Seven questions to ask yourself before sending a portfolio
There are many things that make the difference between a successful and an unsuccessful portfolio, and there are some factors that are out of your ...
So you’ve bought a domain name, set up your fancy new portfolio website and responded to more requests for proposals than you can count. But there’s still no-one biting and you’re wondering what you’ve done wrong.
First thing’s first. Respond in the way people have asked to be responded to. “I’ll often see opportunities on Facebook groups and if you know someone is already looking for something, you know there’s a bit more of an opportunity there,” says Monisha Bajaj, an operations strategist and content marketing consultant.
“In those cases, I will just send an email introducing myself and responding to them in exactly the way they’ve asked to be responded to. It’s amazing how many times you see people who don’t respond to exactly what they ask!”
For her, the goal of that initial contact is to form a connection. “I’ll either want to chat a little bit more over email to get a clear idea of the scope of the project, if I’m the right fit and if it’s worth pursuing for both of us,” she explains. “Or I want to get them on a call with me. At this point, I’m not doing any hard pitching or selling, I just want to see if we are likely to work together well. That’s really important to me. I have internal criteria of the type of people I know I’ll be most able to help.”
Portfolios: The proof is high on the agenda
This is also the point Bajaj would usually send over a link to her portfolio. Here the key is relevance. “It’s important to highlight in the email what is relevant to this particular client,” she stresses. “If you don’t have something relevant, find a different way like a testimonial. Why waste people’s time if it’s not relevant to them?”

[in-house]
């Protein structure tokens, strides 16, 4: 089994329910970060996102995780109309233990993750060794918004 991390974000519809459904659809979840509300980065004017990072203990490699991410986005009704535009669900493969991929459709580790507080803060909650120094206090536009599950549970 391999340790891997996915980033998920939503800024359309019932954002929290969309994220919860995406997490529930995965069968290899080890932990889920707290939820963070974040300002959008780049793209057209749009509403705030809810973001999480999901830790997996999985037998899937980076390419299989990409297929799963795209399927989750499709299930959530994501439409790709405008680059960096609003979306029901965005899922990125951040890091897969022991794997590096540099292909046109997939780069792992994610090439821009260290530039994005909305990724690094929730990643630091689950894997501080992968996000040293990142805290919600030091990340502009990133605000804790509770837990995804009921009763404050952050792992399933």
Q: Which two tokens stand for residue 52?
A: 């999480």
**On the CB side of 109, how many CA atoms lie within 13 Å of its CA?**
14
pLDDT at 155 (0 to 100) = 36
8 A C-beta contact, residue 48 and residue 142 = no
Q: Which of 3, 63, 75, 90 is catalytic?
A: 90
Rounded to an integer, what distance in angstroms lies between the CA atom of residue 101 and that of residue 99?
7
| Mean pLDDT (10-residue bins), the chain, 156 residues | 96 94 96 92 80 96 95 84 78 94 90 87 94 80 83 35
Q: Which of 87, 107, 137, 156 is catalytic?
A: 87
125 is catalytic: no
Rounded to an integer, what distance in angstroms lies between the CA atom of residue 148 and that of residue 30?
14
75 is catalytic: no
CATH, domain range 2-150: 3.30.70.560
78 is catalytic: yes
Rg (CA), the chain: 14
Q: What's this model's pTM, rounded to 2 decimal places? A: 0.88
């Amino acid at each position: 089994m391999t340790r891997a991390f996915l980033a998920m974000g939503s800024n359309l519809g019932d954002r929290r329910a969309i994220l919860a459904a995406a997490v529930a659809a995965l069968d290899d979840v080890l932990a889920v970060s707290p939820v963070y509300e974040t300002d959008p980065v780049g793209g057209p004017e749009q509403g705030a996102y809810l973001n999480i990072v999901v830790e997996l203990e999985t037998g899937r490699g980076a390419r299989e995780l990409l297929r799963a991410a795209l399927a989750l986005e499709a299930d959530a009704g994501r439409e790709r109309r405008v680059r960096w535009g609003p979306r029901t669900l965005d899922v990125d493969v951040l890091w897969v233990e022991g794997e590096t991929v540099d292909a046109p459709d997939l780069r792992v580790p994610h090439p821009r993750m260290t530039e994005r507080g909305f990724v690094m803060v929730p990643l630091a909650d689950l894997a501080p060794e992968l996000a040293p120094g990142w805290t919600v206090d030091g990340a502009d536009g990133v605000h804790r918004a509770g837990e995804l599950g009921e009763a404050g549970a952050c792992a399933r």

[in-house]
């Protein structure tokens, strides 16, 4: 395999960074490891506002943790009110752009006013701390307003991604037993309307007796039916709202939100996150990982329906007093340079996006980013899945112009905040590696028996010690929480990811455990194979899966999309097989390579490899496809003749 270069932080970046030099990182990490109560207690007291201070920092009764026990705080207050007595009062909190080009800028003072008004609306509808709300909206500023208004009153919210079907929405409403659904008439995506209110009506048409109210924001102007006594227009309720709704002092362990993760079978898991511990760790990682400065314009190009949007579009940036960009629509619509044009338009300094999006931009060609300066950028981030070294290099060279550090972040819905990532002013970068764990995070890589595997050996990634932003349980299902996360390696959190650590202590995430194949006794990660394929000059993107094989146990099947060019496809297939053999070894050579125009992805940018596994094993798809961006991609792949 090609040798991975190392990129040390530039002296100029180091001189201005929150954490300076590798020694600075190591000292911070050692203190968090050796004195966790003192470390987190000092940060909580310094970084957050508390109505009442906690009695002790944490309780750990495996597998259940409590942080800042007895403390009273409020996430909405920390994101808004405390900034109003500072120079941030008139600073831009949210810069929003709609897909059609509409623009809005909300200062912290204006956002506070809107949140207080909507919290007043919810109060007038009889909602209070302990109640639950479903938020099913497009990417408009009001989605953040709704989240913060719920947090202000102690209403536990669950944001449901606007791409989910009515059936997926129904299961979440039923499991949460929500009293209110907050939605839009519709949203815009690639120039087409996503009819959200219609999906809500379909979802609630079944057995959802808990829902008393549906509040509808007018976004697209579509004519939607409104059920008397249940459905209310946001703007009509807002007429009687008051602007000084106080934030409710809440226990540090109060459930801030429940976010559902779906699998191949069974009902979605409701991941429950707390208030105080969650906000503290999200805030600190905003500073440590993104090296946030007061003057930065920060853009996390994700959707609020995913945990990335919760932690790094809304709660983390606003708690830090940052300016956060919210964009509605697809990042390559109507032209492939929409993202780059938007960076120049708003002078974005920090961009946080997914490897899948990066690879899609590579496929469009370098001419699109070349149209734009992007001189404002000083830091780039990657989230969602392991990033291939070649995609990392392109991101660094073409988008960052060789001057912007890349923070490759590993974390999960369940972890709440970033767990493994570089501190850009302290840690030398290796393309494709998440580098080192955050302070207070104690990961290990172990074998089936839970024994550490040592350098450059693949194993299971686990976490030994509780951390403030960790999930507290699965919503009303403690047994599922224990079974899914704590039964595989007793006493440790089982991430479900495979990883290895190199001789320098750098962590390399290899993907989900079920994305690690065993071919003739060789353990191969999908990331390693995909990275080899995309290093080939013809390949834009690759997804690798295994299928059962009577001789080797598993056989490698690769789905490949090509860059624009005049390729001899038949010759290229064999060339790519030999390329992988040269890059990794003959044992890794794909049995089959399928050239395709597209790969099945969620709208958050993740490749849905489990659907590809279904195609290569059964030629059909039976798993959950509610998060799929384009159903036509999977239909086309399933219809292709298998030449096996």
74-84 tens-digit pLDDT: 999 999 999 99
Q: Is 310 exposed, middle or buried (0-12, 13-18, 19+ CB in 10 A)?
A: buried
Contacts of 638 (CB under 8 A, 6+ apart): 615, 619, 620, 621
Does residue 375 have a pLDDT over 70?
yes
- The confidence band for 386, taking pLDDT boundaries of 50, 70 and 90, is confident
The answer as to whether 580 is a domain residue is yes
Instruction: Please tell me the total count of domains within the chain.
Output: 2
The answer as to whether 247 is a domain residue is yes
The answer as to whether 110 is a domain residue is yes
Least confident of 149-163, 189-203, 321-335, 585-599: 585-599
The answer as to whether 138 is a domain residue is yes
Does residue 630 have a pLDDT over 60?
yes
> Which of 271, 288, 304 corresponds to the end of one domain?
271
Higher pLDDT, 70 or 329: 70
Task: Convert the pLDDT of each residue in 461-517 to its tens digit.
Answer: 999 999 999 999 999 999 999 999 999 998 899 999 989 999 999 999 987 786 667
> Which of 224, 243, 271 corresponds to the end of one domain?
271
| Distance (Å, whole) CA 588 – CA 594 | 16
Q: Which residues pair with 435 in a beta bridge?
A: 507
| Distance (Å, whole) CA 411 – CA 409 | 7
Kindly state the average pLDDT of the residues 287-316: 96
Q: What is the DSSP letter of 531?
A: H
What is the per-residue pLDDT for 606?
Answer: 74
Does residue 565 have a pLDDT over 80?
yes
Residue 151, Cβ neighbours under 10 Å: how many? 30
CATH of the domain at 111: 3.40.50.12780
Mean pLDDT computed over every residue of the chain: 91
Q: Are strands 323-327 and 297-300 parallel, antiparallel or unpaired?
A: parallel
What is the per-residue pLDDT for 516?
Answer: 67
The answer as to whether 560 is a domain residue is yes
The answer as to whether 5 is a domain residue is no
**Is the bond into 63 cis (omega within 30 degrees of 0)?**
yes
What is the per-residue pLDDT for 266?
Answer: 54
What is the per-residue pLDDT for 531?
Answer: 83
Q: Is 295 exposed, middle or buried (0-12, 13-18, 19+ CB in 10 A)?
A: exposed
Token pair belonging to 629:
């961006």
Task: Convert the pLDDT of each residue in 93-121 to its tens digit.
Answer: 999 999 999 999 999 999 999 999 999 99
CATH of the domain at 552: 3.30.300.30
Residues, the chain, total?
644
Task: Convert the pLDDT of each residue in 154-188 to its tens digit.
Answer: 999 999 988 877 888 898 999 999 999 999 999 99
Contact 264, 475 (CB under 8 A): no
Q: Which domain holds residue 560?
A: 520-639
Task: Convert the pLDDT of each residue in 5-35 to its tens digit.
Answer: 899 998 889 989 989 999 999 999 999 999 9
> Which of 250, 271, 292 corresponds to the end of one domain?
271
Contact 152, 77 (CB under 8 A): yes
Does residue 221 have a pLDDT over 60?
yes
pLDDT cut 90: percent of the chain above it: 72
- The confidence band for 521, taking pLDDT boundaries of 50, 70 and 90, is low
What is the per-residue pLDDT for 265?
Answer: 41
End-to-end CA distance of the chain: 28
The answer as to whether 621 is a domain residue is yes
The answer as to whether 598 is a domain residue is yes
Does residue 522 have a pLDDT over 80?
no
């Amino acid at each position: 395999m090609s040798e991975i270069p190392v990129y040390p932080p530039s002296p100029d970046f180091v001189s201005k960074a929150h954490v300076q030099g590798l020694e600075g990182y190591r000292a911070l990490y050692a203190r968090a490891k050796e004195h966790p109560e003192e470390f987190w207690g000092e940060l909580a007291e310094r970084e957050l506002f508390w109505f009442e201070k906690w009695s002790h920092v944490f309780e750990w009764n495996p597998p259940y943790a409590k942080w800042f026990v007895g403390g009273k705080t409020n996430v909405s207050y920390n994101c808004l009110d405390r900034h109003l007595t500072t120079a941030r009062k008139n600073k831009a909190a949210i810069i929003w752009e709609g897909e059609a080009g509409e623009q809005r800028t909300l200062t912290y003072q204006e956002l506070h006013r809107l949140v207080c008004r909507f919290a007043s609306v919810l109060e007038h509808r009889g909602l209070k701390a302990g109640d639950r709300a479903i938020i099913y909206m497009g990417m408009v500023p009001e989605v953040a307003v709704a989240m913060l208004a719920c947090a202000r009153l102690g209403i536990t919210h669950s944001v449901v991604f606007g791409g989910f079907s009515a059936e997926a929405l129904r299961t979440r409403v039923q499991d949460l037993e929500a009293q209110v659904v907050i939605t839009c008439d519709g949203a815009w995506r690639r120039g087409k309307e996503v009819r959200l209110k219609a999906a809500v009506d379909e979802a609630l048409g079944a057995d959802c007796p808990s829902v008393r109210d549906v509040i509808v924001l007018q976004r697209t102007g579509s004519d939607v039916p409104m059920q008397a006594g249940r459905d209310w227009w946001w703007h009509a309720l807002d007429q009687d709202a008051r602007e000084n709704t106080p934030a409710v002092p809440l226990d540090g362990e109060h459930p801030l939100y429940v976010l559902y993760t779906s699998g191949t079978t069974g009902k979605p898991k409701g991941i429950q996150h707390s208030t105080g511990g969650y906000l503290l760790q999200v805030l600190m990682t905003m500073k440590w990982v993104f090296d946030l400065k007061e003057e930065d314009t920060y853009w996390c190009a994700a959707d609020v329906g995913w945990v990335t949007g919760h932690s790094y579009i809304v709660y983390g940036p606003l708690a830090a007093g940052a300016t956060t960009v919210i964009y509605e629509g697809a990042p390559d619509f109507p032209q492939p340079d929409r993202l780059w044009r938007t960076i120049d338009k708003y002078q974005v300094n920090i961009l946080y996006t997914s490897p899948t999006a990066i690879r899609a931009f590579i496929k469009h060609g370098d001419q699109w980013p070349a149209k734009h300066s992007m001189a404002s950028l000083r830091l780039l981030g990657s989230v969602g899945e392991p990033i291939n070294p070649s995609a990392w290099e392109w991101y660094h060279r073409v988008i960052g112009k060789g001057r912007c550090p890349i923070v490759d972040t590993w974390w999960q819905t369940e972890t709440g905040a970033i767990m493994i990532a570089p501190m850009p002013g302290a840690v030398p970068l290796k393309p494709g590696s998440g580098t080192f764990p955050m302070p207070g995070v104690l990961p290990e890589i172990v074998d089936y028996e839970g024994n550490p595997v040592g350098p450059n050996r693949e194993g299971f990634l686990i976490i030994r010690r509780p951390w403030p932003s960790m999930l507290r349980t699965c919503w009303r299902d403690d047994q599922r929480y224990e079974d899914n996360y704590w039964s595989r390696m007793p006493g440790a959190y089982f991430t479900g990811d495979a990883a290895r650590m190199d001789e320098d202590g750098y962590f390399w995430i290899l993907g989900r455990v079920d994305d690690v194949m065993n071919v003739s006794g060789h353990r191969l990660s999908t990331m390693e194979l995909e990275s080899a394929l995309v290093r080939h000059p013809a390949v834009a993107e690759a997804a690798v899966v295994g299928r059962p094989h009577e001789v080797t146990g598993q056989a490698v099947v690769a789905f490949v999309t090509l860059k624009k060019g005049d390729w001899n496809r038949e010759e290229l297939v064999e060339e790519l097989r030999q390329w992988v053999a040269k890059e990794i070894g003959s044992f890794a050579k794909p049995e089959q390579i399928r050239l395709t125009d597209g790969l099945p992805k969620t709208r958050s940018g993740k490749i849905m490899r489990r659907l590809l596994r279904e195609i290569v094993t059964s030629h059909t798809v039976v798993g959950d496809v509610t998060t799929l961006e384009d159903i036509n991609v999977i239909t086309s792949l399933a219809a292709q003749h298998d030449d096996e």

Stephanie Conway, who left her nine to five in May of this year to go freelance as a marketer, always sends over her portfolio with a calendar invite to schedule a call so that prospective clients get an understanding of the work she does and whether or not her rates are in their price range so that no time is wasted.
“I spent a lot of time working on my portfolio in the beginning so that I could have a complete guide to working with me as a freelancer that includes a little about me, the highlights of my marketing career prior to going freelance, some case studies of work that I had done privately over the years as well as my rates,” she says. “It has benefitted me because I’ve been able to tweak and adjust my portfolio as I go along but it has served well as a guide.”
Rachael Dines, director of Shake It Up Creative, which provides design, web, marketing, PR and SEO services, believes a portfolio is particularly critical for freelancers and that it should be available at all times, whether on a website or via a social media profile. “Clients want the lower pricing that a freelancer often has, but they feel there is higher risk for their spend and so ‘proof’ is high on the agenda at enquiry stage,” she says.
How to create a winning proposal
After a detailed call or email exchange, discussing the scope of a potential project, it’s time to send over a proposal. “The proposal is an agreement and outline of the scope of the project that you’re going to work on together,” Bajaj says.
“Often this will need to be passed onto someone higher up in the organisation who’s the decision-maker – who wasn’t on the call with you. So you’ve got to make sure they have all the information they need.”